My cousin and I head out the door of my parents’ house on San Antonio creek. The air is cold and the sun is out as we amble through the fields, past my dad’s workshops and old cars and huge woodpiles. This now adult cousin of mine is like a little brother grown, we talk together effortlessly about anything, past, present and future, as we circle around the pond my dad built, through an ancient oak forest where my sister and I played as kids. Being out there feels the same as it always has. The terrain feels familiar to me, the feeling of picking up your feet a certain way when walking places where there are leaves and oak galls and branches encrusted with lichens underfoot. As an adult, the muscle memory of the place lingers, and I’m learning the deeper language of the oak gall, lichen, and mushroom.
During our walk, we come across hundreds of oak galls on the ground, and suddenly I see a coveted dye mushroom, pushing up from the grassy area by the pond, its brown powdery spores giving it away, I pick the mushroom but leave the oak galls, since we don’t have bags with us. We keep walking and talking. On the other side of the pond, I spy a large yellow bolete mushroom. Now I am holding an enormous yellow mushroom and a mass of fungus dropping powder as we hike up the hill to the fields. My cousin smiles but understands my ways. We keep walking and talking, letting grief, laughter and dreams trail behind us.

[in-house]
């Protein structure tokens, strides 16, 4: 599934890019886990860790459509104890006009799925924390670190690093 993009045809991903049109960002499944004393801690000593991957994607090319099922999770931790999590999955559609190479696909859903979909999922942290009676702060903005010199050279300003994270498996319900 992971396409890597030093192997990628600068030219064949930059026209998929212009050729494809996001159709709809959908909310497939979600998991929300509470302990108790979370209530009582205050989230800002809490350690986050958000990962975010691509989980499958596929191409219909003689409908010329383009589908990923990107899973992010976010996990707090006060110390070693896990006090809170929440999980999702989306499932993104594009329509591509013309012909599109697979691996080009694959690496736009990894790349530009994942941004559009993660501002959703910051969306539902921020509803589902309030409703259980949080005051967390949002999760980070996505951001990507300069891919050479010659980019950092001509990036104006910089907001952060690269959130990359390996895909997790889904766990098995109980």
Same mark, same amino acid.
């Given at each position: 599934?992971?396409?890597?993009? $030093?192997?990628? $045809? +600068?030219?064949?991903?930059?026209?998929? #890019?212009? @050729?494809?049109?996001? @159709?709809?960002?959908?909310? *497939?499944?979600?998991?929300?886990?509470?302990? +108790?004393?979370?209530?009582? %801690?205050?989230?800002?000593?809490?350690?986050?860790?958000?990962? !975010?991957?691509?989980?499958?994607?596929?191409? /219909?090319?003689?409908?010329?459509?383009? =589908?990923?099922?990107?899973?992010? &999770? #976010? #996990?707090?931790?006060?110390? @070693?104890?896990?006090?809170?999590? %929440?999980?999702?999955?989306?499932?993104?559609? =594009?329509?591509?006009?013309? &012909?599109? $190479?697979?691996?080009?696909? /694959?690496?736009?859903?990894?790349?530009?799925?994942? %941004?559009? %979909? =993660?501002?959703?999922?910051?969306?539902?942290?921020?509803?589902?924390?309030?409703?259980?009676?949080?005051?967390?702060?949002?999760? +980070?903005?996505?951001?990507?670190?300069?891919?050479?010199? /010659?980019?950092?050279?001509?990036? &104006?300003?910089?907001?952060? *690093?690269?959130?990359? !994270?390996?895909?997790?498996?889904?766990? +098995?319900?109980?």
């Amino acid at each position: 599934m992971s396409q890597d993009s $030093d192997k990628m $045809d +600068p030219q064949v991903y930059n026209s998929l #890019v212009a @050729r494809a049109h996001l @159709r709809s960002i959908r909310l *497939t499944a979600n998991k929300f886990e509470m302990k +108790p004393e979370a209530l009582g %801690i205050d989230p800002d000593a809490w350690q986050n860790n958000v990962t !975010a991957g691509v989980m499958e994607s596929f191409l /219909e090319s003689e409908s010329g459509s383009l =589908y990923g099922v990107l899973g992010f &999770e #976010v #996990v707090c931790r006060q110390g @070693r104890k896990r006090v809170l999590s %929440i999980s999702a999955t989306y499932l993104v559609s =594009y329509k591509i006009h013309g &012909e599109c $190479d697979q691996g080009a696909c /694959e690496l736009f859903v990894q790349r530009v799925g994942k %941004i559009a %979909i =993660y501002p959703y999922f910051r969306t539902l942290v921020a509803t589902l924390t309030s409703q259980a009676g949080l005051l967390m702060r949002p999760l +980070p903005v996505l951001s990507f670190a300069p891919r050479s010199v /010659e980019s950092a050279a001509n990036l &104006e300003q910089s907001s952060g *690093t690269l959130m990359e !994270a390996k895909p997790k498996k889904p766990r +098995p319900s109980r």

Later, at home, I toss the huge mushroom into the dyepot, and a few days later, the powdery one, both times I am rewarded with their hidden colors, amber and chocolately brown yarns, pink linen and drippingly rich dark gold silk. I spend those days stirring pots, checking color, cleaning up the backyard and giving thanks for another glimpse of the language of nature.
The following week we return, and I bring bags. My cousin and I take the same walk again, and we gather a bagful of oak galls while we’re at the pond. We each find another of the powdery mushroom, Pisolithus arrhizus. He is a natural mushroom hunter I notice and he then confesses he has a chanterelle spot. We smile at the fields becoming emerald green.
The multifaceted language of nature reveals itself. The heat of a certain kind of wood, the colors in lichens, mushrooms and plants, the tannins of oak galls, the flavor of bitter greens, a duck, deer or fish, and on and on. The language we focus on informs us, it shapes who we become, it shapes our culture. Let’s become multilingual, and remember the language of plants, animals and seasons, and bring the fruits of these languages to our community.